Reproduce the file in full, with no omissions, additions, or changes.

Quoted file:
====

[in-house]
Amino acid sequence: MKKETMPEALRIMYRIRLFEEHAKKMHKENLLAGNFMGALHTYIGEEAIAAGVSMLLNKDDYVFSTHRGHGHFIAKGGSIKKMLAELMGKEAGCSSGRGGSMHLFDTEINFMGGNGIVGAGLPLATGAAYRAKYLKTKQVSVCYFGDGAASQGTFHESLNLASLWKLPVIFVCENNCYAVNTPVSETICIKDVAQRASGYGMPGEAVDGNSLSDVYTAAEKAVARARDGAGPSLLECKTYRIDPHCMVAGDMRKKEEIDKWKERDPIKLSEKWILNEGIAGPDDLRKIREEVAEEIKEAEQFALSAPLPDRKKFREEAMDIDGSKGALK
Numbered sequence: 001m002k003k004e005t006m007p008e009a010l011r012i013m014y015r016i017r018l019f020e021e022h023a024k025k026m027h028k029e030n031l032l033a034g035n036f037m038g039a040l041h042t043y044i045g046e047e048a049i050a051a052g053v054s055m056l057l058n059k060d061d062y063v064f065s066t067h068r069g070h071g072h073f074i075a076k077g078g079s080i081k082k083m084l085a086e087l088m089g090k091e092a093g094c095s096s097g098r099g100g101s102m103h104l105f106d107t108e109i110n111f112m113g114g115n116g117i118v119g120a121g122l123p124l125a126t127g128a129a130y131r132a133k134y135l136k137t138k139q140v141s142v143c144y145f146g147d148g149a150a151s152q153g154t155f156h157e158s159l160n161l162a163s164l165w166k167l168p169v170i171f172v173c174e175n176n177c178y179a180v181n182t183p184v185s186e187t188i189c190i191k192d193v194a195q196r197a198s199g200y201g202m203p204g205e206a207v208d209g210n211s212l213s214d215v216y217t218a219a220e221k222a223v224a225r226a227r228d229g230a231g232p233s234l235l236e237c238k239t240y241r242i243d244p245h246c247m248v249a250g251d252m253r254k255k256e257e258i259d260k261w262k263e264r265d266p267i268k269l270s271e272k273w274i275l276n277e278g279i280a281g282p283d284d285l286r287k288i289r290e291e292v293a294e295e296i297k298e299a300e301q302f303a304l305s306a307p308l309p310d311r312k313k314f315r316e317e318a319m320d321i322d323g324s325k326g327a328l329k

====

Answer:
[in-house]
Amino acid sequence: MKKETMPEALRIMYRIRLFEEHAKKMHKENLLAGNFMGALHTYIGEEAIAAGVSMLLNKDDYVFSTHRGHGHFIAKGGSIKKMLAELMGKEAGCSSGRGGSMHLFDTEINFMGGNGIVGAGLPLATGAAYRAKYLKTKQVSVCYFGDGAASQGTFHESLNLASLWKLPVIFVCENNCYAVNTPVSETICIKDVAQRASGYGMPGEAVDGNSLSDVYTAAEKAVARARDGAGPSLLECKTYRIDPHCMVAGDMRKKEEIDKWKERDPIKLSEKWILNEGIAGPDDLRKIREEVAEEIKEAEQFALSAPLPDRKKFREEAMDIDGSKGALK
Numbered sequence: 001m002k003k004e005t006m007p008e009a010l011r012i013m014y015r016i017r018l019f020e021e022h023a024k025k026m027h028k029e030n031l032l033a034g035n036f037m038g039a040l041h042t043y044i045g046e047e048a049i050a051a052g053v054s055m056l057l058n059k060d061d062y063v064f065s066t067h068r069g070h071g072h073f074i075a076k077g078g079s080i081k082k083m084l085a086e087l088m089g090k091e092a093g094c095s096s097g098r099g100g101s102m103h104l105f106d107t108e109i110n111f112m113g114g115n116g117i118v119g120a121g122l123p124l125a126t127g128a129a130y131r132a133k134y135l136k137t138k139q140v141s142v143c144y145f146g147d148g149a150a151s152q153g154t155f156h157e158s159l160n161l162a163s164l165w166k167l168p169v170i171f172v173c174e175n176n177c178y179a180v181n182t183p184v185s186e187t188i189c190i191k192d193v194a195q196r197a198s199g200y201g202m203p204g205e206a207v208d209g210n211s212l213s214d215v216y217t218a219a220e221k222a223v224a225r226a227r228d229g230a231g232p233s234l235l236e237c238k239t240y241r242i243d244p245h246c247m248v249a250g251d252m253r254k255k256e257e258i259d260k261w262k263e264r265d266p267i268k269l270s271e272k273w274i275l276n277e278g279i280a281g282p283d284d285l286r287k288i289r290e291e292v293a294e295e296i297k298e299a300e301q302f303a304l305s306a307p308l309p310d311r312k313k314f315r316e317e318a319m320d321i322d323g324s325k326g327a328l329k